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How should we reduce traffic in Cambridge? Here are the options

Opinion | By Edward Leigh, Smarter Cambridge Transport

How should congestion in Cambridge be tackled?
How should congestion in Cambridge be tackled?

Reducing traffic within Cambridge city is an objective almost everyone can agree is both necessary and urgent. The question is, how?

The menu of options includes:

  • Install bollards, camera-controlled bus gates or one-way systems to divert traffic away from key bus routes. Other roads remain congested.
  • Charge people to drive in the city, or charge more to park. Those who are poorer or price-sensitive choose another option if they have one.
  • Reduce the availability of parking in the city. Councils may see a drop in income. To achieve a reduction in business and retail parking requires additional taxes (e.g. a Workplace Parking Levy) and planning conditions when sites are redeveloped.
  • Regulate the flow of traffic into the city to keep roads in the city free-flowing. Queues outside the city grow longer.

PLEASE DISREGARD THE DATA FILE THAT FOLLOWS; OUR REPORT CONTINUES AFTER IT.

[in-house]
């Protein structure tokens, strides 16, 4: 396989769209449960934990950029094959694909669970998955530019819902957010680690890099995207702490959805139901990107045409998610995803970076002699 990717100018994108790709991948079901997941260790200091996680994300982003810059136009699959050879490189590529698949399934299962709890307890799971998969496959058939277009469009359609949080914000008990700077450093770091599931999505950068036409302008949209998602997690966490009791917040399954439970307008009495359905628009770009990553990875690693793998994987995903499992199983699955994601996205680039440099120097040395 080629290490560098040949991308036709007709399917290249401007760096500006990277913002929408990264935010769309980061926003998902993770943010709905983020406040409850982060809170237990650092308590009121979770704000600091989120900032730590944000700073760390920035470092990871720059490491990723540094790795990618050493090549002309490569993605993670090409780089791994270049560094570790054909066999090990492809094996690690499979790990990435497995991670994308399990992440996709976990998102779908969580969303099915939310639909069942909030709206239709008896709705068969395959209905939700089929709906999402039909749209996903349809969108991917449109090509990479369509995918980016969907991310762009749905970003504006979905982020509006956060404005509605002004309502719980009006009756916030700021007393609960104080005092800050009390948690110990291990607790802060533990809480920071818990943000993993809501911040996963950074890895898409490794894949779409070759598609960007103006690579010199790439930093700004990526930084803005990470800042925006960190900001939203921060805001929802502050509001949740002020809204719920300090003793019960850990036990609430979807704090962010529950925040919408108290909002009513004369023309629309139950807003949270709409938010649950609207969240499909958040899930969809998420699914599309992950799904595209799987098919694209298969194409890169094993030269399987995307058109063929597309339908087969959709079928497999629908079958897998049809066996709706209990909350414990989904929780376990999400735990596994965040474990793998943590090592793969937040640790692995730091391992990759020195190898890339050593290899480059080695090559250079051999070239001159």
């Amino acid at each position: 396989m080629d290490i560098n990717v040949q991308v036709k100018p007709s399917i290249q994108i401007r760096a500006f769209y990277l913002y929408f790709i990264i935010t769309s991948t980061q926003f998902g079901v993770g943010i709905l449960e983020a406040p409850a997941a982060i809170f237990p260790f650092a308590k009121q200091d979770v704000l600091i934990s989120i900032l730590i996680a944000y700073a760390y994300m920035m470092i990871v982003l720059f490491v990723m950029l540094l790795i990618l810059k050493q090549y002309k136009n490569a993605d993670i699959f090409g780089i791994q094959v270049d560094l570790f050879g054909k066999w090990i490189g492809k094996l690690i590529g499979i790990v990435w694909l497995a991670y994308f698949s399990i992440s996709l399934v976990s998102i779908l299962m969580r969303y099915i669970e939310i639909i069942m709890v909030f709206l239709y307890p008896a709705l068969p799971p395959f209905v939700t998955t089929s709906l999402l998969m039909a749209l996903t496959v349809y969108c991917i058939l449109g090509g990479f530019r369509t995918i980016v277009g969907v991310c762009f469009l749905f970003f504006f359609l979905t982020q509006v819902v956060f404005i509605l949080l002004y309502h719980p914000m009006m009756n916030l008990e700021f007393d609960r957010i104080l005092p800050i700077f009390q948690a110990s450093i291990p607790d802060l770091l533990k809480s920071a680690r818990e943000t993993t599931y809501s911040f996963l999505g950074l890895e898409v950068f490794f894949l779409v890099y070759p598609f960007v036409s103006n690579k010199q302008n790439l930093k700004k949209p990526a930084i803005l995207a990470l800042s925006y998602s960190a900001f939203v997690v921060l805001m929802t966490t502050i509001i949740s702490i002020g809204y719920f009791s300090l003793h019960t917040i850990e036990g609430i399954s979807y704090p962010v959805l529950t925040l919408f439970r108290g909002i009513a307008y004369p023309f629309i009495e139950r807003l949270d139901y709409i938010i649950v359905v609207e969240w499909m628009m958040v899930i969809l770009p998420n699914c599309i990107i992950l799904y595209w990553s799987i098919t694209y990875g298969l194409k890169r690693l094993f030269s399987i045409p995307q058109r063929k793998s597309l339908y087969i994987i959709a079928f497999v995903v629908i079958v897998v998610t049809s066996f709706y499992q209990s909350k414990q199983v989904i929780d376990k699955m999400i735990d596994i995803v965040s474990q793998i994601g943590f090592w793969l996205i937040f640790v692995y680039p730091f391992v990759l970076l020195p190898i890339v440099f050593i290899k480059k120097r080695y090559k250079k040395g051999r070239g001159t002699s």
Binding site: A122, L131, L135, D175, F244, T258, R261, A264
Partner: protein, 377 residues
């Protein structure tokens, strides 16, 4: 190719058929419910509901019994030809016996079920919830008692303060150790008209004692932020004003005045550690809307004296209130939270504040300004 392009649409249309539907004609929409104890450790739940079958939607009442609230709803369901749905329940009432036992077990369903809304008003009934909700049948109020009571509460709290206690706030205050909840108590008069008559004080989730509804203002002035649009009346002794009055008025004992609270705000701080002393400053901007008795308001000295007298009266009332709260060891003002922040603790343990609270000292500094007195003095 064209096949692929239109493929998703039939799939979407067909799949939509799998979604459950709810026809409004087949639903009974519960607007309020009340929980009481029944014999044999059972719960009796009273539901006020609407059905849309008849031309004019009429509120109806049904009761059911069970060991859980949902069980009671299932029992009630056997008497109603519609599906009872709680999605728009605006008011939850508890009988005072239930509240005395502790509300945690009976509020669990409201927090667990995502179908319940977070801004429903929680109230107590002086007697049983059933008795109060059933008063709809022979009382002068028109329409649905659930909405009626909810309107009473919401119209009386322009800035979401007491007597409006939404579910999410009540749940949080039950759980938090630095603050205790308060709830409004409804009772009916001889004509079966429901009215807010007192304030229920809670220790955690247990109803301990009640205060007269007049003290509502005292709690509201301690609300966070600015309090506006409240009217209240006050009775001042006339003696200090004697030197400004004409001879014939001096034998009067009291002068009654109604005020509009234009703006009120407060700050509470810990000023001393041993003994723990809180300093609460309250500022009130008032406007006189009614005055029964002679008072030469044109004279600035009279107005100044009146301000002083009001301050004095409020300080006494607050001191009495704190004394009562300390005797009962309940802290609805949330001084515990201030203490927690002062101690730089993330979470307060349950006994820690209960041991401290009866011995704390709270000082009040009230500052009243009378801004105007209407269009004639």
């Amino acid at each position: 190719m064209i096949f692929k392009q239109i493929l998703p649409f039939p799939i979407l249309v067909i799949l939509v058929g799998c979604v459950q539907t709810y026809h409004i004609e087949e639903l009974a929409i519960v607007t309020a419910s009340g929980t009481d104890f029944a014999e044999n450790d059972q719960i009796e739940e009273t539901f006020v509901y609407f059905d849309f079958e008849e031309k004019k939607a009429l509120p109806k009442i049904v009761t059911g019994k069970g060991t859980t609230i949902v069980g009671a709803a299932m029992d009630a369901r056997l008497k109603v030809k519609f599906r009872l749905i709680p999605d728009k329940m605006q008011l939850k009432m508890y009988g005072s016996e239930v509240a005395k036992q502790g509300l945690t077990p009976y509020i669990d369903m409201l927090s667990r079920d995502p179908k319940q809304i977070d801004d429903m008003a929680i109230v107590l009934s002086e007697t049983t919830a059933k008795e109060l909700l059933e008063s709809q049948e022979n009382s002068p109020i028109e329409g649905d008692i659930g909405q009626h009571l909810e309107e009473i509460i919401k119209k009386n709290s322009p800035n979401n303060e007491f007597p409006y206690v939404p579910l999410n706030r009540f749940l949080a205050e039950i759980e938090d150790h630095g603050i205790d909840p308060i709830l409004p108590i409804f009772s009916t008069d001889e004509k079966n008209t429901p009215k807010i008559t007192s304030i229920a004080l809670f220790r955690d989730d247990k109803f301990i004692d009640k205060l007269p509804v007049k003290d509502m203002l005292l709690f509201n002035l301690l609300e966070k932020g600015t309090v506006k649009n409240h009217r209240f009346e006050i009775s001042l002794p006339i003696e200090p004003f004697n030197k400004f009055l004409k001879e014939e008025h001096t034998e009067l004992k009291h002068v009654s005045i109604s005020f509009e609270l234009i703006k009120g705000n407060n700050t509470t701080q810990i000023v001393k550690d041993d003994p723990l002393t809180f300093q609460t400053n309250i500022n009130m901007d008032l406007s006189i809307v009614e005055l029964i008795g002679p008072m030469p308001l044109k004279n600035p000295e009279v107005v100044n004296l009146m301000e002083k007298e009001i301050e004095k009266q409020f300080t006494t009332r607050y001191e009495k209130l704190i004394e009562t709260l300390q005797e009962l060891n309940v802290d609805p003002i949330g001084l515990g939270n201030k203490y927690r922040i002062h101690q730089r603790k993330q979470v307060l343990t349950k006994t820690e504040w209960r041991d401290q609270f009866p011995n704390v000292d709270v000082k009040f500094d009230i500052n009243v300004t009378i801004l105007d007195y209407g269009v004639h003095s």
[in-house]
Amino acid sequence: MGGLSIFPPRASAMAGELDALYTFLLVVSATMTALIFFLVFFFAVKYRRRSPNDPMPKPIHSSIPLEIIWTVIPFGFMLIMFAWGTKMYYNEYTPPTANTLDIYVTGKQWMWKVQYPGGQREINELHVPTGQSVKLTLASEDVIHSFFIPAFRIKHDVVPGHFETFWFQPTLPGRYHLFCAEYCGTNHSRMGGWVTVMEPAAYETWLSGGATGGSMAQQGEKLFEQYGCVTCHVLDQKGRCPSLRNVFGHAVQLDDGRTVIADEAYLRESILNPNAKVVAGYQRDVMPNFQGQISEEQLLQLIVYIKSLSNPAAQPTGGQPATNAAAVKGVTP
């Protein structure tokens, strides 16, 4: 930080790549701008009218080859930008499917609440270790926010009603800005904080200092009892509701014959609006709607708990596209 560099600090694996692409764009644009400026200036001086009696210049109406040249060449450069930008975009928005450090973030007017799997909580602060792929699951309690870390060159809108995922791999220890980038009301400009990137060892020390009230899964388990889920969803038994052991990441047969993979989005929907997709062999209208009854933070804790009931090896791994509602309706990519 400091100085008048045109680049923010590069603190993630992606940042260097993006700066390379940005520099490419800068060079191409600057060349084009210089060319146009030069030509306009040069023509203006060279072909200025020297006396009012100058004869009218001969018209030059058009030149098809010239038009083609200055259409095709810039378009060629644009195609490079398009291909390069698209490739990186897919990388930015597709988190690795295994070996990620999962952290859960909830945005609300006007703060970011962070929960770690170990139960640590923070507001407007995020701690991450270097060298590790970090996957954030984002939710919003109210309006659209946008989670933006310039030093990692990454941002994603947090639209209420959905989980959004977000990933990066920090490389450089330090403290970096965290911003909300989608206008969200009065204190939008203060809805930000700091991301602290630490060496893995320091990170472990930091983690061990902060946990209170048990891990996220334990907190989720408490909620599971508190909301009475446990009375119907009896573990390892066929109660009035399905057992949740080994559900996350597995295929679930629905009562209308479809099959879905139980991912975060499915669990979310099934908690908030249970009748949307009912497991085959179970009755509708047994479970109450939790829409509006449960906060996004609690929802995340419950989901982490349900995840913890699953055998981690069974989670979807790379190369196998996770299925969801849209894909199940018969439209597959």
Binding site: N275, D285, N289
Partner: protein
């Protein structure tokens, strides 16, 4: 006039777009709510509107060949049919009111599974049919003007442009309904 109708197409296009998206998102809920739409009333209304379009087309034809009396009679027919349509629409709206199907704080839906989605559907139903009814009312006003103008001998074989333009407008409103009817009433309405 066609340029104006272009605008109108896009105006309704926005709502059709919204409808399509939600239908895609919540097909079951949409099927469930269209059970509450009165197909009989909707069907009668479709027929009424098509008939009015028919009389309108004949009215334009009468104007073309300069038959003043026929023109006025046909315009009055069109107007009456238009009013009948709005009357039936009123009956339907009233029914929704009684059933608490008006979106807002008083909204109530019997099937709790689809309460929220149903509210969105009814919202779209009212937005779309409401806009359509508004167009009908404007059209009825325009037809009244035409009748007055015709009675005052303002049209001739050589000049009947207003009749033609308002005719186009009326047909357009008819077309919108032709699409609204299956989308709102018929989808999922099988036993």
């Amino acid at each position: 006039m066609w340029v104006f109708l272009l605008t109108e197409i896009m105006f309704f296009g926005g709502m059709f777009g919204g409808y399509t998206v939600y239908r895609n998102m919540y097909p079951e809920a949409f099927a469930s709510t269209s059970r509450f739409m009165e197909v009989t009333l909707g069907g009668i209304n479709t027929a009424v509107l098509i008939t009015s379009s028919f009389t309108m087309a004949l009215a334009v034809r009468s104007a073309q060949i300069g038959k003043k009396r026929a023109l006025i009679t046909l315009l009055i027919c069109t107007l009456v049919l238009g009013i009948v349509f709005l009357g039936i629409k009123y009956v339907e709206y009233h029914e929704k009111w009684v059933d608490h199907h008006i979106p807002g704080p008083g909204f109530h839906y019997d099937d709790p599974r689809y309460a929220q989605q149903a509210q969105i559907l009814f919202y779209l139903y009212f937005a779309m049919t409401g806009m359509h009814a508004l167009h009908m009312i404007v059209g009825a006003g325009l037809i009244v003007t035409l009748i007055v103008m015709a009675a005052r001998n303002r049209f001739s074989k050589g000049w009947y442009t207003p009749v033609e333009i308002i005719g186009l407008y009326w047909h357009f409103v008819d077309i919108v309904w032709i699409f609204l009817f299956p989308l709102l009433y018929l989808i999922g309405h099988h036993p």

The Greater Cambridge Partnership (GCP) citizens’ assembly ranked road closures as their preferred way to disincentivise driving in the city – by a wide margin. But translating support for an abstract idea into consensus around particular roads is hard. The abortive 2016 plan to introduce “peak time control points” and last week’s decision to reopen Mill Road bridge to all traffic demonstrate this.

Greater Cambridge Citizens Assembly answers on a congestion, air quality and public transport (49828188)
Greater Cambridge Citizens Assembly answers on a congestion, air quality and public transport (49828188)

We need a strategy that is comprehensive, not piecemeal; ambitious enough to achieve the three zeroes (carbon emissions, air pollution and road deaths); and fair. To get buy-in, it must be co-designed by everyone who uses Cambridge roads and wants to contribute. Transport professionals should guide, not lead.

GCP has attempted this before – with well-attended workshops on Milton and Histon Roads. Though flawed and inexpertly run, they did give people opportunities to share their insights and experience, and gain understanding from others. If managed well, a meeting of minds is possible.

What we absolutely do not need is more half-baked surveys and “What do you think of this?” consultations. These do not advance understanding nor build consensus. Change requires compromise, and that is possible only through dialogue.

So, let’s start in September where we should have done in 2015, using deliberative democratic methods to build a coherent transport strategy for Cambridge.

Read the Smarter Cambridge Transport column every week in the Cambridge Independent

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